Mazhar Ali at the Delft University of Technology in the Netherlands just discovered how to make electrons travel in pairs along a wire with zero resistance and in one direction only without the use of magnetic fields.
Scientists thought such a feat to be impossible.
Imagine holding a copper wire. Now imagine running your finger down it. You feel a lot of friction and heat. But you can't, even if you want to, move your finger back up the wire.
In normal semiconductor computer chips, electrons run in only one direction like your finger on the copper wire. There's significant resistance, though, causing slow-downs in the speed of computing, loss of energy (giving off heat), and increases in the energy computers require.
In "superconductor computer chips," electrons run along wires with no resistance or friction whatsoever. Dutch physicist Kamerlingh Onnes discovered "super-conduction" way back in 1911.
But scientists couldn't keep the electrons moving orderly in one direction only. They ran amok back and forth along the wire. Computers can't function if the electrons that encode their data randomly and chaotically zip back-and-forth. Magnetic fields could direct the electrons, but then you're using more energy, not less, to keep the electrons in line.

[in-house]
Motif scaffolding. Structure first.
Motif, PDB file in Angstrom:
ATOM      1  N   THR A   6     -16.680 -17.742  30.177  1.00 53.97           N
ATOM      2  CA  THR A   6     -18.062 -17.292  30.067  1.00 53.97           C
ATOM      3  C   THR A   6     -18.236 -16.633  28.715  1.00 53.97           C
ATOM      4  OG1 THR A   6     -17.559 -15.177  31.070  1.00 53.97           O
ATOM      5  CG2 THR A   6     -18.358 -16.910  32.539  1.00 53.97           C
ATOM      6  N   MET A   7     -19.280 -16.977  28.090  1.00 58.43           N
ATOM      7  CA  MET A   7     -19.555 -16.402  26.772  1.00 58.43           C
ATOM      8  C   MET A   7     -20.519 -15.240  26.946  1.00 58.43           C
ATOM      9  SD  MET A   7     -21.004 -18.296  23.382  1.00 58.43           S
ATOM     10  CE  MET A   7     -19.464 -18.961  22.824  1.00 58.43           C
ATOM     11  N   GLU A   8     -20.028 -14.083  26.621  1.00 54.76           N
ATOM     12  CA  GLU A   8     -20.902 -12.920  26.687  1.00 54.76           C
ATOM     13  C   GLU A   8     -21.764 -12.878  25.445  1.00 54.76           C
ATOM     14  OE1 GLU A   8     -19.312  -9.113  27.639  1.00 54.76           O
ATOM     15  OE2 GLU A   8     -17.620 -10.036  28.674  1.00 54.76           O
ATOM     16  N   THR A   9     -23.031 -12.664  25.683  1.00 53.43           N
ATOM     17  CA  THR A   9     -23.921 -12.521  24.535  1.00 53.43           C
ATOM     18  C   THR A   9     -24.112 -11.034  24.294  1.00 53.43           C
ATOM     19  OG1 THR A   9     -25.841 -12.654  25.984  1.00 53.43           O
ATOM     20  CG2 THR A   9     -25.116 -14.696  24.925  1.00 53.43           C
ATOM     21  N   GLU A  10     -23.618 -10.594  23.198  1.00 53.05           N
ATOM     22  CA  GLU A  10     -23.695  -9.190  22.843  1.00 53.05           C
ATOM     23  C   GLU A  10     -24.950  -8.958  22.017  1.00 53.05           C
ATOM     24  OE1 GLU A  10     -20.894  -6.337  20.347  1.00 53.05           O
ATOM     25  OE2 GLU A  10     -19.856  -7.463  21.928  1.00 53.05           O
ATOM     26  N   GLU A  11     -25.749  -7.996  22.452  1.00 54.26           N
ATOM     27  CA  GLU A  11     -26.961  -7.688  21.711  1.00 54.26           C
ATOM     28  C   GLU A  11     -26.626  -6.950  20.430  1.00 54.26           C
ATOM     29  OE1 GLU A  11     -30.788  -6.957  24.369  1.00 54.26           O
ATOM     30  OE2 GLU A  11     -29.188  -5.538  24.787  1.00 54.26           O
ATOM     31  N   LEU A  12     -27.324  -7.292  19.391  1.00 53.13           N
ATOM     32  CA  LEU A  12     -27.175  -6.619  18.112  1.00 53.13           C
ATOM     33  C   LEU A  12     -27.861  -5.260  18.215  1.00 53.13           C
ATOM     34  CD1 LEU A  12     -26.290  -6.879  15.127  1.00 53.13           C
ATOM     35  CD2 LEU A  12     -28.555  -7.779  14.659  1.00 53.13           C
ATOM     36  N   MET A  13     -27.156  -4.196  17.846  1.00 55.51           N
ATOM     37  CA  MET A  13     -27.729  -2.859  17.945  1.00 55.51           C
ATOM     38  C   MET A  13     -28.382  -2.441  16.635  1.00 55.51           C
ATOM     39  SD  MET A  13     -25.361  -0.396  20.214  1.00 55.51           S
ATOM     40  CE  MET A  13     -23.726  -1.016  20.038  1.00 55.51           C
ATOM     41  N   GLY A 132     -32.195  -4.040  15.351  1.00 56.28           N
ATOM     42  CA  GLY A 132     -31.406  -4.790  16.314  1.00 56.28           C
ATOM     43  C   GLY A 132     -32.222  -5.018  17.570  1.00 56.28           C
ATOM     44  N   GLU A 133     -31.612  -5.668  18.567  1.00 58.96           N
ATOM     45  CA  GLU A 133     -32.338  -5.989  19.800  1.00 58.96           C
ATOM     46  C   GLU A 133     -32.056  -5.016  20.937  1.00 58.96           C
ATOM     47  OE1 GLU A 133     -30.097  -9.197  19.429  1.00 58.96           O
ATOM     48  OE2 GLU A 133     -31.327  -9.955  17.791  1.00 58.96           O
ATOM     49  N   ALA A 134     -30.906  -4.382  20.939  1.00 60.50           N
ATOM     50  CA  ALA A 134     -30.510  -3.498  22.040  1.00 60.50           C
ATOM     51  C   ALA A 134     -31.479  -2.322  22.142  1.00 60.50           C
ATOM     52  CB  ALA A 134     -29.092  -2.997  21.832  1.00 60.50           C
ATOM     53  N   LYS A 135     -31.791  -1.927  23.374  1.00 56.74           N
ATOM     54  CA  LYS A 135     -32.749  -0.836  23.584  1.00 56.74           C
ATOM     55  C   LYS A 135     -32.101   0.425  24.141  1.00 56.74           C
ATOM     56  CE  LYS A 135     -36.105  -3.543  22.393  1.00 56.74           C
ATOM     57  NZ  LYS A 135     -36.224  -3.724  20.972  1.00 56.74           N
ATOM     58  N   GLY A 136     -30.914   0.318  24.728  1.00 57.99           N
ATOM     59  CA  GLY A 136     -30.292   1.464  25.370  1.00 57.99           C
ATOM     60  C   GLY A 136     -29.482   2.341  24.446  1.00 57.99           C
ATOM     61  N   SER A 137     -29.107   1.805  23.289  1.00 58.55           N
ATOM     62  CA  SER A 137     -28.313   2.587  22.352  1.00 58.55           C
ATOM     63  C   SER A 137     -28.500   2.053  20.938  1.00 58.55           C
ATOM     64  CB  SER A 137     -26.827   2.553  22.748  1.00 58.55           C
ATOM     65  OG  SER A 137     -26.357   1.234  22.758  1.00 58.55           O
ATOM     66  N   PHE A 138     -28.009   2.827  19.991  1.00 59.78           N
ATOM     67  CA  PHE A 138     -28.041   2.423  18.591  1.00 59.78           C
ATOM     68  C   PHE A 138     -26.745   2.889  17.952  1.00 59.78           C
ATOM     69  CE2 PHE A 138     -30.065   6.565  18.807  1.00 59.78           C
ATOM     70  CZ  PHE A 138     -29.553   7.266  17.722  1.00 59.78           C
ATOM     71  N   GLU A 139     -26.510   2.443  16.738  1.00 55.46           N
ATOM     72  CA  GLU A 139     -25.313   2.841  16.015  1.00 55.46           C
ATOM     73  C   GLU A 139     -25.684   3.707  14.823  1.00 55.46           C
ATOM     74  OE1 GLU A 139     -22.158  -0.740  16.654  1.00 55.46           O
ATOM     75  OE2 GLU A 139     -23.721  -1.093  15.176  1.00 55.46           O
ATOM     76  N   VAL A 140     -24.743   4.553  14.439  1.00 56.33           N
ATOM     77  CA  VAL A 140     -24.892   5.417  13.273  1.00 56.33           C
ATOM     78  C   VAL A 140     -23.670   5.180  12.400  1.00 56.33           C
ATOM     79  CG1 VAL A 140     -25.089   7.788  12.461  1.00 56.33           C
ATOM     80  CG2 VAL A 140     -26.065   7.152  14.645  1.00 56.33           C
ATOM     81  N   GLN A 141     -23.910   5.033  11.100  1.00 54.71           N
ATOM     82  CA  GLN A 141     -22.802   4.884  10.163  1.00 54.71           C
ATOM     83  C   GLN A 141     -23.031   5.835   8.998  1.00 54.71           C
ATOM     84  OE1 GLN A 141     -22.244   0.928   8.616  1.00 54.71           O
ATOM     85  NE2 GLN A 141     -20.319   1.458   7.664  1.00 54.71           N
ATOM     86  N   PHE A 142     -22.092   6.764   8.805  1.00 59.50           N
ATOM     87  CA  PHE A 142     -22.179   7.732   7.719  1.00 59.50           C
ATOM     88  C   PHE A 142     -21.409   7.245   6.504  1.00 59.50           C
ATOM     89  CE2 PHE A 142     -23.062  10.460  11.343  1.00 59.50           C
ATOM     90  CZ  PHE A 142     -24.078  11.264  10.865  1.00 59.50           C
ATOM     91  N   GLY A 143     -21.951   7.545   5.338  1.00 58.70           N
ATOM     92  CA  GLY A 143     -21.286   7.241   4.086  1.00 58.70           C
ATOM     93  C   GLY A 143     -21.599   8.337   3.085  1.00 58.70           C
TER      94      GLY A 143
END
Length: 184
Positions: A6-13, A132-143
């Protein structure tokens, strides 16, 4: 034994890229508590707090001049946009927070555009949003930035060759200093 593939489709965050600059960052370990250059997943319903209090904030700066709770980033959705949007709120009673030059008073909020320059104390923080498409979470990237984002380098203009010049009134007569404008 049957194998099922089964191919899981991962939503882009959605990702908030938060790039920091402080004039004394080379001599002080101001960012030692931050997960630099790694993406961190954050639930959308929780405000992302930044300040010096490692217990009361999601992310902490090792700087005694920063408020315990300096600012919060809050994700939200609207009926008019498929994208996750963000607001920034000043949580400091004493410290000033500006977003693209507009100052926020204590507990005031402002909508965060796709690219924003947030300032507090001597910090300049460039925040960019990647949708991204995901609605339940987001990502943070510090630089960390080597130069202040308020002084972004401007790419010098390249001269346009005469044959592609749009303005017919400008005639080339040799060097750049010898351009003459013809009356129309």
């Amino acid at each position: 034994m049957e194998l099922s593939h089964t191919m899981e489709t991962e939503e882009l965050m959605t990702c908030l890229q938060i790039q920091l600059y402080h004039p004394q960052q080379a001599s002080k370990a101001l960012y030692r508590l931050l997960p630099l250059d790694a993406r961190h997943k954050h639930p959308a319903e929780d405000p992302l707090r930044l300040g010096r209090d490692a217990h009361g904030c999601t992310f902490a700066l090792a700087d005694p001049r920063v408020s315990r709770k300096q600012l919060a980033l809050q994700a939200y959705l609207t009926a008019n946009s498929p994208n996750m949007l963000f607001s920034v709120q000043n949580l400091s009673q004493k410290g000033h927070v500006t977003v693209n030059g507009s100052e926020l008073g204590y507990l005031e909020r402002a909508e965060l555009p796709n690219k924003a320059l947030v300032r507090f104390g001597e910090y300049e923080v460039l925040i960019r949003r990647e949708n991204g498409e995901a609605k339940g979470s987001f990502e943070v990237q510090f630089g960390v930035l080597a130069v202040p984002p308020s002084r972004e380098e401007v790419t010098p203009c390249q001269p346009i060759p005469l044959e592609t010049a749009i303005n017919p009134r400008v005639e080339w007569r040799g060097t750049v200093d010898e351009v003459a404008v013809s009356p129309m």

The discovery of Mazhar Ali and his team, published in the prestigious journal Nature, demonstrates how to get electrons to "super-conduct" in orderly pairs in one direction only without resorting to magnetic fields.
The breakthrough makes possible super-conductor computer chips that operate hundreds of times faster and use less energy.
Previous attempts at super-conducting computer chips used a "sandwich" of super-conducting metals and non-conducting metals. The latter acted as a barrier, or filter screen, that enabled electrons to move one way through the computer chip but not the other way. With magnetic fields helping, they could work.
Ali and his team used new materials for the "meat" of the "sandwich." Their layers of "meat," or non-conducting metals, were only a few atoms thick. Sub-atomic interactions in these quantum-sized 2D layers of metals enabled the one-directional movement of electrons without magnetic fields.
The innovation could be used to make computers 300-400 times faster. Supercomputers, especially quantum computing, could become far more powerful. Server farms could improve and realize energy savings.
Personal computers and smartphones won't become 300-400 times faster in the foreseeable future, but they may become much faster thanks to 300-400x computers at server farms.
Still, Ali says, the coming century could be "the century of the super-conductor."
“The field-free Josephson diode in a van der Waals heterostructure” 27 April 2022, Nature.